Analysts dealing with companies that report operating losses should be aware of how the tax treatment of these losses can affect the company’s cash flow. Companies that have a substantially profitable record will probably recognize a tax credit in the year of loss and recover cash from previously paid taxes. Companies with relatively low profits, on the other hand, may be able to recover currently only a portion of the potential tax benefit; the remainder must be carried forward and will not be recognized until it is actually used to shield future profit from taxation.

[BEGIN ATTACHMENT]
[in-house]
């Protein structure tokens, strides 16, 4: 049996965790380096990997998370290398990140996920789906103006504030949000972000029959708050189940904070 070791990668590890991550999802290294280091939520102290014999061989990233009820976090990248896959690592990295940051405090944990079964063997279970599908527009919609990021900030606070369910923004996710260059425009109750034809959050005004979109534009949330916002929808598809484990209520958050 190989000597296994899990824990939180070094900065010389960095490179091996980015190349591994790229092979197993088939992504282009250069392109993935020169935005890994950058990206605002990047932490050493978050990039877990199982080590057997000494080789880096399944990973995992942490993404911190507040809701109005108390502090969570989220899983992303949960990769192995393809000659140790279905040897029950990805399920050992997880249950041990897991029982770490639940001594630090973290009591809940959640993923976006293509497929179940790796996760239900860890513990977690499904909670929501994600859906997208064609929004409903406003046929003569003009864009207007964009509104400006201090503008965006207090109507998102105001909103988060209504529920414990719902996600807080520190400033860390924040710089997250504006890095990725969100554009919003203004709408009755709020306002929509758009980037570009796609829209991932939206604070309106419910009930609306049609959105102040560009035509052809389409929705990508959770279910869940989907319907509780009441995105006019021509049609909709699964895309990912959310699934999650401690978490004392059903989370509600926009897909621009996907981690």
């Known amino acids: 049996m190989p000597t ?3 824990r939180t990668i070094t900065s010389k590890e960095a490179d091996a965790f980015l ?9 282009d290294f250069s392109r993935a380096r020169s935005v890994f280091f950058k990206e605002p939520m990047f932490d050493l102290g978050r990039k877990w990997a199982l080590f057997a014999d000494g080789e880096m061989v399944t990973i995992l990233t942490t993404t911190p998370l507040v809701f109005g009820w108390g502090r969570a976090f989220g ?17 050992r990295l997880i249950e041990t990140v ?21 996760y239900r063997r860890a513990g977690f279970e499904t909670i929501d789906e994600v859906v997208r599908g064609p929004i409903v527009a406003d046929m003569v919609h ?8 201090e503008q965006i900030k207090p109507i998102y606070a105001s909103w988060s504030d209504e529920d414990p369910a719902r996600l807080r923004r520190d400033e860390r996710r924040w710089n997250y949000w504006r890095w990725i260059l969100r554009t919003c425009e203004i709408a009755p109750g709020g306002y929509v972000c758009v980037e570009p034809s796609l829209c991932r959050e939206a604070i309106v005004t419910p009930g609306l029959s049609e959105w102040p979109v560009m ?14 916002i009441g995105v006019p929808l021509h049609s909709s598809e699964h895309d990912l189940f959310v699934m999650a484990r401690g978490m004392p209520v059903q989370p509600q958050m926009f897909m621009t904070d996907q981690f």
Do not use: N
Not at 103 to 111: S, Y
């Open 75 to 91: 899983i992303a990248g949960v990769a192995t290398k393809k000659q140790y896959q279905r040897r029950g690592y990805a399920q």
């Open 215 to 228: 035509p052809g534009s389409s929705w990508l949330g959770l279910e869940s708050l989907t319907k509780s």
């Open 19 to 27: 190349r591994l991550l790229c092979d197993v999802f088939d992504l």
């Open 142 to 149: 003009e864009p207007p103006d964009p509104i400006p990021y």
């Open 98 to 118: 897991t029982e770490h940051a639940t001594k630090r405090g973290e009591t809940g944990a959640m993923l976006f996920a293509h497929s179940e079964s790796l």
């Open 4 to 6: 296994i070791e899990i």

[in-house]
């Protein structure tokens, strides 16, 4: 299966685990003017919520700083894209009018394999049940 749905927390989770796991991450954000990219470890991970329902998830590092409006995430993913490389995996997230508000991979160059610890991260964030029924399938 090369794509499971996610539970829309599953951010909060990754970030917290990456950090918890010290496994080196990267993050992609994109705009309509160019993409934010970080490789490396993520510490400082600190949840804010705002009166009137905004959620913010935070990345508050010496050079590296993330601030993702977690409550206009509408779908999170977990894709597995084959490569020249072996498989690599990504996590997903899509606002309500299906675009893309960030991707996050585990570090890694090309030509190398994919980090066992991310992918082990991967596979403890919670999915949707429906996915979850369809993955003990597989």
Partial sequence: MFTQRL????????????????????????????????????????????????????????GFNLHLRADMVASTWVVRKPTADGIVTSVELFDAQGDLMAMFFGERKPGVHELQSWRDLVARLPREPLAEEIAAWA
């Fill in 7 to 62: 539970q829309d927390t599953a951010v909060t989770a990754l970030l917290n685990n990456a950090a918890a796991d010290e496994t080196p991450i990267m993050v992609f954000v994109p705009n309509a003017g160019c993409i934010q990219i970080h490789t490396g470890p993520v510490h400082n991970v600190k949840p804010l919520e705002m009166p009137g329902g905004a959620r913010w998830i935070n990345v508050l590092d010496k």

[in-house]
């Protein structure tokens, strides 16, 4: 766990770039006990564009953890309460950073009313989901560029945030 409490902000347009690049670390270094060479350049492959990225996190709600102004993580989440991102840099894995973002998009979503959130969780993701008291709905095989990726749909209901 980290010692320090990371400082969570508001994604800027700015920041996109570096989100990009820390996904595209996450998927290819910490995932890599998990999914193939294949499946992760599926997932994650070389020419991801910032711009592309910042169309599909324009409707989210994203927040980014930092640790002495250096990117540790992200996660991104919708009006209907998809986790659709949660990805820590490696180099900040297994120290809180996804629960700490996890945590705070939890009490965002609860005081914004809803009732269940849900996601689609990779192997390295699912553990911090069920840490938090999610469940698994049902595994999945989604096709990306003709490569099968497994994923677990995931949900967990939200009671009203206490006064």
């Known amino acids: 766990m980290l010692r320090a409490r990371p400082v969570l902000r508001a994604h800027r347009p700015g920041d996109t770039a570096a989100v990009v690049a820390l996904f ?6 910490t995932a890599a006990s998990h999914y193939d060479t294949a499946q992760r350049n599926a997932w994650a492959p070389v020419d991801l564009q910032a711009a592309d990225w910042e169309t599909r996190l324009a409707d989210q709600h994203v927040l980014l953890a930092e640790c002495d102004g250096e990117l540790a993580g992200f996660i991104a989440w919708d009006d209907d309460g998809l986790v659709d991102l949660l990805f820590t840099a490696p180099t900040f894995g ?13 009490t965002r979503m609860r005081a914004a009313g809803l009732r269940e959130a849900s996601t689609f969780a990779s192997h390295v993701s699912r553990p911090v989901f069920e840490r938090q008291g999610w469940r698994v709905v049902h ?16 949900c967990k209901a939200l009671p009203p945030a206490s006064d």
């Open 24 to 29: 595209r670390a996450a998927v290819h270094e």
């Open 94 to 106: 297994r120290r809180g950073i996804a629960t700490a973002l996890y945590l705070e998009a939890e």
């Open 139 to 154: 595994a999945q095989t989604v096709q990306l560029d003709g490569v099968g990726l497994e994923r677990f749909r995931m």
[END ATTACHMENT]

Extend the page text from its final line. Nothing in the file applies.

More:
Companies that have reported book profits in excess of tax return profits will experience the maximum disparity between the recognition of income effects and the timing of cash flows. In such cases, losses will probably be reduced by tax credits that are only partly backed by cash refunds; the balance will be represented by the elimination of previously recorded deferred tax credits.